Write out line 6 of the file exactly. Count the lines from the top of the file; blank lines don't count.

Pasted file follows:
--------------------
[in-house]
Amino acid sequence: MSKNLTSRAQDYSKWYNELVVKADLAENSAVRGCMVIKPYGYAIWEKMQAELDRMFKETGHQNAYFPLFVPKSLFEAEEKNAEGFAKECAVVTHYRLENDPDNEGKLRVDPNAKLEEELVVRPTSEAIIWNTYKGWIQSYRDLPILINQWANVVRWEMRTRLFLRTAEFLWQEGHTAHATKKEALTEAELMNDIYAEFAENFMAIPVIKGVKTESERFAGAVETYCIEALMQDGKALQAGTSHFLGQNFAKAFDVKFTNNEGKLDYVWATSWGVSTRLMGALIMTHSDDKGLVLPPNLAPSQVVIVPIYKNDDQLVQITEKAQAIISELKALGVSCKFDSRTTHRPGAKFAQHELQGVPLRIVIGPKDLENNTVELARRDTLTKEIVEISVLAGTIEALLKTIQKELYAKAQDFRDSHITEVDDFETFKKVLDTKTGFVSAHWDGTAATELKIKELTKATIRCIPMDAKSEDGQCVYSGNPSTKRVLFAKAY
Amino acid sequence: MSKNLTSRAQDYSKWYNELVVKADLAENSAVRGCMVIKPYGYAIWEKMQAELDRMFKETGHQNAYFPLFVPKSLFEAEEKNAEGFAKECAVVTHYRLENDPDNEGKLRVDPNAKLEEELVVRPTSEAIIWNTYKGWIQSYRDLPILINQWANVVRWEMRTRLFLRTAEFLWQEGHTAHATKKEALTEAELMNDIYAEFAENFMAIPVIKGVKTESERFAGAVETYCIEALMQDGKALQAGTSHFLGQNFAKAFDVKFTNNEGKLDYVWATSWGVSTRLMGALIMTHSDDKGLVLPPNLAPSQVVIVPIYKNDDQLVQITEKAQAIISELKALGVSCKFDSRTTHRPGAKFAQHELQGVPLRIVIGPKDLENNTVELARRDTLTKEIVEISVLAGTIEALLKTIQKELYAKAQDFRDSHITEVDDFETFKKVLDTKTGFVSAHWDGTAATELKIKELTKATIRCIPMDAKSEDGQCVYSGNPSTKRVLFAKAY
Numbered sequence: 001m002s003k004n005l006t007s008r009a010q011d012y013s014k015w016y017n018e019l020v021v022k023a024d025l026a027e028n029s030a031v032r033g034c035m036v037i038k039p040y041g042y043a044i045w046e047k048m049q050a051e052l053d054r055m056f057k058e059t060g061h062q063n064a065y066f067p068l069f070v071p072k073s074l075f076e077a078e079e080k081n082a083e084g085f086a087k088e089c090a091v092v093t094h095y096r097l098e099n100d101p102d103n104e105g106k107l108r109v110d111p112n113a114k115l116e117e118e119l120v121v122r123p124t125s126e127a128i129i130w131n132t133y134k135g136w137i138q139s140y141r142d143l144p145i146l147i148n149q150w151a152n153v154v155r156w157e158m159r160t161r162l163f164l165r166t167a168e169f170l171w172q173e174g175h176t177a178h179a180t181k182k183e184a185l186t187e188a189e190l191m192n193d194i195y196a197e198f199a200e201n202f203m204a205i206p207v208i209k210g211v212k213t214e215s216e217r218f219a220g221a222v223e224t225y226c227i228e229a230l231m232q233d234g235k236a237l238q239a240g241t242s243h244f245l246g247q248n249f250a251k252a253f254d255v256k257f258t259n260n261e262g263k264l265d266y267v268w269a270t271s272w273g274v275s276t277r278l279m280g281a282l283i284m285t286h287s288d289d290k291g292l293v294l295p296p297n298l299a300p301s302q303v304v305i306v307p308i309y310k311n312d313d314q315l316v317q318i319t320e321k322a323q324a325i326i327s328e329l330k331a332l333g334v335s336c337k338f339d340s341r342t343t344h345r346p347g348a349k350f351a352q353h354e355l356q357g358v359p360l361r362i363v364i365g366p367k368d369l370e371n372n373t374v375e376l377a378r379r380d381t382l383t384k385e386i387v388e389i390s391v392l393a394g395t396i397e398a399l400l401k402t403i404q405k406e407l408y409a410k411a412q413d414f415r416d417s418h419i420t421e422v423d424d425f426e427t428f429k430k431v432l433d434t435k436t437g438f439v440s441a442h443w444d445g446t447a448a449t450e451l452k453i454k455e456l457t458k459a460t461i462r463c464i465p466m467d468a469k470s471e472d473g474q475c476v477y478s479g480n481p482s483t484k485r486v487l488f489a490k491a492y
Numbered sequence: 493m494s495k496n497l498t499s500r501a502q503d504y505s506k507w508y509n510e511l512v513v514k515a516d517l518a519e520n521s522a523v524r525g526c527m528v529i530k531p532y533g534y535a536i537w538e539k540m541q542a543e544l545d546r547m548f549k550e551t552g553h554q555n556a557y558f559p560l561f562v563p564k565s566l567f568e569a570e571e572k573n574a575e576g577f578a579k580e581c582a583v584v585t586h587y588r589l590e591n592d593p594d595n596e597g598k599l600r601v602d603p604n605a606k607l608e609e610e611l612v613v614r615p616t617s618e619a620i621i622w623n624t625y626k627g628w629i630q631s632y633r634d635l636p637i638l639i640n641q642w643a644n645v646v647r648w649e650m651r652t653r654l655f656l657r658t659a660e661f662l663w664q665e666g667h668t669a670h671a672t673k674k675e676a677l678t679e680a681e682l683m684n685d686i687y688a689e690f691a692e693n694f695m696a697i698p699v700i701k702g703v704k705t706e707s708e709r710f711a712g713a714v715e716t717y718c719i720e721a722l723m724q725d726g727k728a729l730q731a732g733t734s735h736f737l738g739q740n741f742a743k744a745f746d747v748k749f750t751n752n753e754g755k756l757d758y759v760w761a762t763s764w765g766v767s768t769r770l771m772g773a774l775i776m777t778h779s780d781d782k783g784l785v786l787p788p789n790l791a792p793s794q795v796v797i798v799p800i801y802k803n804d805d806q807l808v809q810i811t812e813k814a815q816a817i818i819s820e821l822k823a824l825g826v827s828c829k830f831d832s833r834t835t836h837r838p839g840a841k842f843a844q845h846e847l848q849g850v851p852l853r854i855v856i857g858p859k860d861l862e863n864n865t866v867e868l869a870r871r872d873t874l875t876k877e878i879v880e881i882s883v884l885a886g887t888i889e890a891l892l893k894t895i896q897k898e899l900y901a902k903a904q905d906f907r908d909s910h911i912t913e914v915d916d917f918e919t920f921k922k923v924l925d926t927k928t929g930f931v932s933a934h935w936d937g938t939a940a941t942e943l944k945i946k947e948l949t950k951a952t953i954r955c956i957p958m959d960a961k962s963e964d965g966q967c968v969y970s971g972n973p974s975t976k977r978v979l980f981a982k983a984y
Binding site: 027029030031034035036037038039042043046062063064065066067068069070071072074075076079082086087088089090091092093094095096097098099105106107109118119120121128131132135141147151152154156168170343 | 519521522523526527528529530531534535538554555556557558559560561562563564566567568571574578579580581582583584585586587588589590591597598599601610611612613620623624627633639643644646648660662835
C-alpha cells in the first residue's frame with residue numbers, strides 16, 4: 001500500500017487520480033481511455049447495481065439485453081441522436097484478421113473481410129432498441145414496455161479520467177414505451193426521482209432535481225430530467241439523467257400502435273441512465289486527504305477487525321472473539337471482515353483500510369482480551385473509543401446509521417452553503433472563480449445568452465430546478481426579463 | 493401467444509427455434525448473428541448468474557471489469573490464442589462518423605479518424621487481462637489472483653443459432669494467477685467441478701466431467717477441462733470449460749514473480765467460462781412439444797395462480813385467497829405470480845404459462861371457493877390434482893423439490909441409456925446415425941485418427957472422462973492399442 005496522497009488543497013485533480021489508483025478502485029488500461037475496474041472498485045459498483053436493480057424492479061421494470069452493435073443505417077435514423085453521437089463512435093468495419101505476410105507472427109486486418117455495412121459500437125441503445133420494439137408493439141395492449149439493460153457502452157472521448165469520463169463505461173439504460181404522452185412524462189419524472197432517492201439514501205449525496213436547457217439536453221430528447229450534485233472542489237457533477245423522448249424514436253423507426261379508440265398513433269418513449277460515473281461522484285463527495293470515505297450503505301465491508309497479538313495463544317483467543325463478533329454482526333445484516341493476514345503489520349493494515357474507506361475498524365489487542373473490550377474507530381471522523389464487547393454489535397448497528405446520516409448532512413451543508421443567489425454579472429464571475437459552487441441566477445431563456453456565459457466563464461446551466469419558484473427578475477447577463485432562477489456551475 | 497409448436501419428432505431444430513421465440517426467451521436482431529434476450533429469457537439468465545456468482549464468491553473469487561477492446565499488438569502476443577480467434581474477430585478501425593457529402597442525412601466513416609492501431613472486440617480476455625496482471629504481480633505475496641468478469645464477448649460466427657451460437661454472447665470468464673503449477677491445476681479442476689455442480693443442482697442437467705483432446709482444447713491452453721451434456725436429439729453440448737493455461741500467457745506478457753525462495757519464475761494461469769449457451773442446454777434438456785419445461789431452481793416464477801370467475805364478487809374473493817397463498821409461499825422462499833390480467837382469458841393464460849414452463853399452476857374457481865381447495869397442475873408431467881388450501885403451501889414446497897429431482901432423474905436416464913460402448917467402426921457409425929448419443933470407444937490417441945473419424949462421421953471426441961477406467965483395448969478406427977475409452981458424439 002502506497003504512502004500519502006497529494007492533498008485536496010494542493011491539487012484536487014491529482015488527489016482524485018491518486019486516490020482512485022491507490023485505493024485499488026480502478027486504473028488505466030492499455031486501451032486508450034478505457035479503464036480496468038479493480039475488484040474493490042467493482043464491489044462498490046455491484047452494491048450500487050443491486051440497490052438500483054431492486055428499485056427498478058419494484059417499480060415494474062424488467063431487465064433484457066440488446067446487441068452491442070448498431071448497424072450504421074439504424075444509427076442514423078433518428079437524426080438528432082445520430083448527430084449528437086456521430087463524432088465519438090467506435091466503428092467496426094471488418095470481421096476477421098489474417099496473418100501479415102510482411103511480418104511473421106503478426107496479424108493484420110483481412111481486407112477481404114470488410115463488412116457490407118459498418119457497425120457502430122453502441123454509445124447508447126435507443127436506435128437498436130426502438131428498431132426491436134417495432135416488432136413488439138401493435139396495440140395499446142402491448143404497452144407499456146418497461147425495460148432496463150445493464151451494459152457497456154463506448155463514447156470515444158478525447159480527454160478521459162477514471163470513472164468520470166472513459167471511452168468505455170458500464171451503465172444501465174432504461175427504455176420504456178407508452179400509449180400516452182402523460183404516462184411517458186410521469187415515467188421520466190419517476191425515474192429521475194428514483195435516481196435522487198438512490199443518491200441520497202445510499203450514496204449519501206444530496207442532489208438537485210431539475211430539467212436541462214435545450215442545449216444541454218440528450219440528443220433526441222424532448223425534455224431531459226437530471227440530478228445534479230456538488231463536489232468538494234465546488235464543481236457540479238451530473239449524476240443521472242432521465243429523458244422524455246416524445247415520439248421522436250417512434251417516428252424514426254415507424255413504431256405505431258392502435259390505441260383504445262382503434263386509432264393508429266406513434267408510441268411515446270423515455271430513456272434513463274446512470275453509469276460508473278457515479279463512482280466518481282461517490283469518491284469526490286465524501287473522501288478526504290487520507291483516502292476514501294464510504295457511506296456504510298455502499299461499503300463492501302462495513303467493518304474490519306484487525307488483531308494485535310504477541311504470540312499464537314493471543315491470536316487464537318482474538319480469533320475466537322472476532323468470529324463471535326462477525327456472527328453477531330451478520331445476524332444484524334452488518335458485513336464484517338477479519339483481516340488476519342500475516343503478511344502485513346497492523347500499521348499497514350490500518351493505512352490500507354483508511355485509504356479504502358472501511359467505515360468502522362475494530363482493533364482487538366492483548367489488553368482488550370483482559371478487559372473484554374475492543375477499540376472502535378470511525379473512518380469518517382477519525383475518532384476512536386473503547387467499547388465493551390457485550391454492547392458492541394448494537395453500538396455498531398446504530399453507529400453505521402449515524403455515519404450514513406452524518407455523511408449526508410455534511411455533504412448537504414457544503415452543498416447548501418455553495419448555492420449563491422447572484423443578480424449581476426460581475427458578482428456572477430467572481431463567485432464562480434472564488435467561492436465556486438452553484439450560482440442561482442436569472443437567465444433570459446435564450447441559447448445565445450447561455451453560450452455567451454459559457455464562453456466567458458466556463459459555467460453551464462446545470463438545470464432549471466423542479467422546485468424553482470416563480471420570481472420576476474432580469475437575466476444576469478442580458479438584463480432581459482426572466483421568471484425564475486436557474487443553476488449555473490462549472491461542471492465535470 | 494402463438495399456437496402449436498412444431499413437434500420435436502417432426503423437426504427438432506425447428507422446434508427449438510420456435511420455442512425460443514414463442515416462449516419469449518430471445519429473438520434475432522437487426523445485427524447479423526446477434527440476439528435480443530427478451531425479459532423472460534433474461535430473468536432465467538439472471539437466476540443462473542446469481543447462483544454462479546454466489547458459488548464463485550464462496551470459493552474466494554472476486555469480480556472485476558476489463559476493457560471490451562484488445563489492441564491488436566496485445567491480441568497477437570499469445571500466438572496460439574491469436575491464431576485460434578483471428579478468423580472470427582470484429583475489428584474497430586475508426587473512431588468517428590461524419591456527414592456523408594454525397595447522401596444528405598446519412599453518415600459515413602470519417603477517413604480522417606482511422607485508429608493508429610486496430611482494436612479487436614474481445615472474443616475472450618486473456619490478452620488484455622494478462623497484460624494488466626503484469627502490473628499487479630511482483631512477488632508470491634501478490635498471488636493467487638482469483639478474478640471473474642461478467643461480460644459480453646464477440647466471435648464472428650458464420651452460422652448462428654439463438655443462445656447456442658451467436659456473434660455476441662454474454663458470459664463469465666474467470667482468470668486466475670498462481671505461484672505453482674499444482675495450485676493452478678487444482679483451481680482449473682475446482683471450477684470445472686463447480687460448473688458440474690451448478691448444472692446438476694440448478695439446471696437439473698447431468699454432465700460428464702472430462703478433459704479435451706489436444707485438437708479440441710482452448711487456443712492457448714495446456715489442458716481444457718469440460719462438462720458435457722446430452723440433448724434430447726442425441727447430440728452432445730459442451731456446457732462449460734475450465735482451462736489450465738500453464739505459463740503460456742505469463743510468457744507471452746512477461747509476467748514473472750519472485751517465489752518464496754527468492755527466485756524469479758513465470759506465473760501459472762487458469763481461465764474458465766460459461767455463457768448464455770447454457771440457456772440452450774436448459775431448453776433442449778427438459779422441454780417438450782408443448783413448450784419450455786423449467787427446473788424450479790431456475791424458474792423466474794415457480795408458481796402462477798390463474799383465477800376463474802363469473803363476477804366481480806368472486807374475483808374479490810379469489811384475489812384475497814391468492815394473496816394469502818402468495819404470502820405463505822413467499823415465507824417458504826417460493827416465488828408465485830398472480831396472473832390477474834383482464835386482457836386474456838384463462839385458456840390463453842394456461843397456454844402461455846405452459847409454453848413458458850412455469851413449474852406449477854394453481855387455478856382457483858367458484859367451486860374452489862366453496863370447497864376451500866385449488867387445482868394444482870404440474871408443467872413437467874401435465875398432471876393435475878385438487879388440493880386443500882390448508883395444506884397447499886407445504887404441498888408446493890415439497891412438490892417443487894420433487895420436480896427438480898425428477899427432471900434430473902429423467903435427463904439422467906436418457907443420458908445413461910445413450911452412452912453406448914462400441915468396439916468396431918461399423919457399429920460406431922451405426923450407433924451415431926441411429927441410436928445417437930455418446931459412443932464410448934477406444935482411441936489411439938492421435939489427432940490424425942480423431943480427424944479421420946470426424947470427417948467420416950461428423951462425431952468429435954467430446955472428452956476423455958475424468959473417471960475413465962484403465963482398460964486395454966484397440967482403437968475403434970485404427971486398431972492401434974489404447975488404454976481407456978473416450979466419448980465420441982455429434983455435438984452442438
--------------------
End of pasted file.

Binding site: 027029030031034035036037038039042043046062063064065066067068069070071072074075076079082086087088089090091092093094095096097098099105106107109118119120121128131132135141147151152154156168170343 | 519521522523526527528529530531534535538554555556557558559560561562563564566567568571574578579580581582583584585586587588589590591597598599601610611612613620623624627633639643644646648660662835